Sunday, February 15, 2015
In late October 1970 my father died, age 83, in the Comanche County Hospital near Lawton, Oklahoma. Carol and I were in Kyoto, Japan, where I was codirecting a six-month program for students from the University of Washington. Our sons Burke (age 9) and Reg (age 3) were with us. I had said goodbye to my father earlier in the year, before leaving the States. When the news arrived of his death, Carol stayed in in Kyoto with Reg, and Burke and I flew to Lawton for the funeral. Today I received the typed eulogy I gave standing next to the casket, from a friend of my parents. I had lost track of what I said, so reading what I wrote brought tears to my eyes. I loved him very much.
(In Memory of Robert Oscar Webb, by Glenn Taylor Webb)
He talked a lot – too much, I thought, until I understood a basic fact that he had driven home for me: words are magic costumes of seemingly endless colors and designs, for ideas. Like real costumes they reflect the reality behind the disguise; but more so, since the reality of an idea is indiscernible apart from its disguise of words.
Ideas. He loved them and collected them even after the age when most people close the mind-door and say, “No more ideas for me, these are enough!” He knew that one human being could never get enough of the ideas human beings have had. (“Son, I figured out that it would have taken me 969 years just to take all the courses offered in my field at the University of Oklahoma back in 1928!”)
Of course, he didn’t approve of every idea, in terms of its truth and usefulness, but I don’t think he ever discarded any idea as insignificant, either. Even the most repulsive idea was important to him as an idea, the most immediate indicator of the human condition. For a man who believed earnestly in the truth of the ideas attributed to Jesus of Nazareth and who belonged to a group of dear people (the Church of Christ) who also believe in that truth but tend to fear other ideas (or even the same ideas in unfamiliar word disguises), my father’s respect for ideas seems especially remarkable. It made him appear strangely tolerant and understanding among his friends.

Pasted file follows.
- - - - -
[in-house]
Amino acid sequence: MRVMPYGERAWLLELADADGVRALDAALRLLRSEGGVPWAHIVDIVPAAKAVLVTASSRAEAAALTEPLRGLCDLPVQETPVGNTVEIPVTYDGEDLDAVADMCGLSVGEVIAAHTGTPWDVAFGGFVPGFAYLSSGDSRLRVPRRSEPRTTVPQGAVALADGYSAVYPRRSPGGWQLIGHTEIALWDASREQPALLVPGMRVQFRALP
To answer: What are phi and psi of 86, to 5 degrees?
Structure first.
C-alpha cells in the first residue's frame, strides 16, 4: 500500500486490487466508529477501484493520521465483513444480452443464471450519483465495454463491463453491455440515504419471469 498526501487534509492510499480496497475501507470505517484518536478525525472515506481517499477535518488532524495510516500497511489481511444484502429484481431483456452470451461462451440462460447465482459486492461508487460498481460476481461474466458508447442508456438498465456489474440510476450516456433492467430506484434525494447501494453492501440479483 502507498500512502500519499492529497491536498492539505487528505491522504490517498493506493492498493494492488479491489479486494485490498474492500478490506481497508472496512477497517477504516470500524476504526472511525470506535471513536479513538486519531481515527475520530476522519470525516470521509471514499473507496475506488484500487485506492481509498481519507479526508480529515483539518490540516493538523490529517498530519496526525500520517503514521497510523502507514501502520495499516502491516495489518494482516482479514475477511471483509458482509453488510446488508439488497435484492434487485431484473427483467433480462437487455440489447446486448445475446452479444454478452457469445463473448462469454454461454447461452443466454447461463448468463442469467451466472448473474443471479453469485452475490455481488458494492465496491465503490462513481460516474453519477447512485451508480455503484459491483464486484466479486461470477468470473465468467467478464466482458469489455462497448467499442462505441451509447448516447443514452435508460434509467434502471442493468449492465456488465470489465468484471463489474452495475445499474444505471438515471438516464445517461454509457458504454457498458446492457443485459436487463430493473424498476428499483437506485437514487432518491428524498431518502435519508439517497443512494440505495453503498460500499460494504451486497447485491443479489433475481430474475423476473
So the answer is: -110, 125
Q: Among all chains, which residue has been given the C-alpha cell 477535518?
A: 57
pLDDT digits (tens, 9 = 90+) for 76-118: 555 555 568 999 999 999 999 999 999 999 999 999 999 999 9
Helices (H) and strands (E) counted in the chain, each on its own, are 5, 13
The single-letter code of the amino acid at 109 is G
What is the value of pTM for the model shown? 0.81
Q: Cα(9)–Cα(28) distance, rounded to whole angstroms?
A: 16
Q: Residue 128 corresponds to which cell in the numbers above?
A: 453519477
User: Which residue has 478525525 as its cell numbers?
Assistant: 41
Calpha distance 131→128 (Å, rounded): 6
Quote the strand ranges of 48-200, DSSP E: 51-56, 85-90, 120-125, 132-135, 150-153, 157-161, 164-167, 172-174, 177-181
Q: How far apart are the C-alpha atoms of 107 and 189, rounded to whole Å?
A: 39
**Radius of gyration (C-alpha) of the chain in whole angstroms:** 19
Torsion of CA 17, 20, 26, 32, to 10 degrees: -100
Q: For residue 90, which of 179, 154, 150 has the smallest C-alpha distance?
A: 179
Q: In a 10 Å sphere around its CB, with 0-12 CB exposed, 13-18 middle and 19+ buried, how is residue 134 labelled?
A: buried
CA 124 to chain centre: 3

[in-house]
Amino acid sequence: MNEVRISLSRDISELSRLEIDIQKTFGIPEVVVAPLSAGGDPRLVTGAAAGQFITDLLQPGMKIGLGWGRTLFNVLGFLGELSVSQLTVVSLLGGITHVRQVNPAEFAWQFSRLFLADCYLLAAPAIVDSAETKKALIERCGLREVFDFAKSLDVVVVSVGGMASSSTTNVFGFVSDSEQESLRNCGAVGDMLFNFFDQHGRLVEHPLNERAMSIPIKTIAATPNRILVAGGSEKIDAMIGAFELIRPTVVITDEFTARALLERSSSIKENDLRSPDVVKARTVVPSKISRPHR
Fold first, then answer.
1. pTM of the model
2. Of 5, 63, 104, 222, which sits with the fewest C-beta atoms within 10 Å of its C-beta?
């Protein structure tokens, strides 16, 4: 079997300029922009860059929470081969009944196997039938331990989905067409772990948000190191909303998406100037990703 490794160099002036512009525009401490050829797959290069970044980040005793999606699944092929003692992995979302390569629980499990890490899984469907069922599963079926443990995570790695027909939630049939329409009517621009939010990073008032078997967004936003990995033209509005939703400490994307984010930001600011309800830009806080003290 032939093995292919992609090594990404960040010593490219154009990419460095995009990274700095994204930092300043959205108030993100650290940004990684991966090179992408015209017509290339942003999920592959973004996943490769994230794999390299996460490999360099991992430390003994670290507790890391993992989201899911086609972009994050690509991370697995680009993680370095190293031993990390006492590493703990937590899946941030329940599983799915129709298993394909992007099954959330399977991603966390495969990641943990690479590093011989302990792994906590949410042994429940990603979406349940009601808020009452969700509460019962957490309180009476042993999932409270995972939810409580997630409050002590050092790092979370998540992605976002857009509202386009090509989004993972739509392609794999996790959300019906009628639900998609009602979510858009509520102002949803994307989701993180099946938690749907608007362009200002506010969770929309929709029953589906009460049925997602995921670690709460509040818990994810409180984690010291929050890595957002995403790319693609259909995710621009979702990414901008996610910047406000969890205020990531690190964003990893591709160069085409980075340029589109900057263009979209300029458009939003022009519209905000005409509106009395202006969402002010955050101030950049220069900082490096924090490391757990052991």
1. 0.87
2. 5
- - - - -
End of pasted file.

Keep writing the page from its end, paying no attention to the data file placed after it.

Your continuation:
That’s not to say he looked around with a patronizing smile and didn’t criticize. He had a sharp tongue, and it stung. But anyone who felt that sting and still thinks of him as a tyrant has missed the point. He was smiling, and his love for you was not in danger of being withheld just because he didn’t like what you did or said. (To the words “tolerant” and “understanding” the word “compassionate” can be added to the disguise of this idea.)
I am pretty sure that nothing irritated him more than a display of ego. He himself was virtually without one. He was not particularly introspective and there is plenty of evidence to suggest that he thought of himself as little as possible. Again, it was ideas that interested him. I think he found it awkward to put bodies on ideas. (“Thou shalt not kill,” as part of a beautiful idea, was one thing; it was quite another to apply it to the circumstances of living in a military town where the most devout Christians – and the few Jews, in whose heritage the idea originated – were finding justifications for killing.) His solution was simple: keep the ideas and circumstances separate – even the ideas of patriotism, anti-fascism, anti-communism, etc., that lay behind the circumstances that justified killing. In a word, my father was polite.
It amazes me that he could hold such strong beliefs (i.e., be deeply attracted to certain ideas over others) and not force those beliefs on others (which most people do by denying their love to a dissenter, saying, in effect, “You do not exist because you have strange ideas.”) His path was argument-without-the-slightest-loss-of-honor-to-my-opponent. Since for him ideas were longer-lived and thus above the men who happened to play with them, I doubt if he ever thought of himself as having honor, much less of losing any.
Equally amazing was my father’s ability to maintain a relationship with a friend who professed the same beliefs he did but behaved, as it were, contrarily. The idea, for example, of “Seek ye not the things of this world …,” of being actively un-attracted to material wealth, was a real favorite of his and of most of his friends. He honestly didn’t put “undue” store in things. But friends who did can never say he criticized them for it; if anything, when they expressed feelings of guilt for their love of money he tried to give them encouragement, to find a way for them to be comfortable in both their belief and their desire. His beloved repertory of ideas made him a magician of reconciliatory powers.
Such powers no doubt enabled him to have confidence in people in spite of everything. R. O. Webb seemed to be as sure of any person as he was of himself. “Love thy neighbor as thyself.” The Rock he built his life on was the Christ, to be sure. It is therefore no wonder that the human condition – seen through ideas as words – was his passion. But as an epitaph my father probably would prefer an un-dramatic “you can’t get along in this world without friends,” or better yet, “I meant no harm.”
P.S. I don’t believe in horoscopes, but in the LA Times today, Feb. 15, 2015, my sign (Sagittarius) reads as follows: “Your father. That’s where the day focuses. The things your dad did to influence you will be apparent, for better and for worse.” What are the odds of this prediction coming on the very day when I decided to share and post this remembrance on Facebook and my blog? - GTW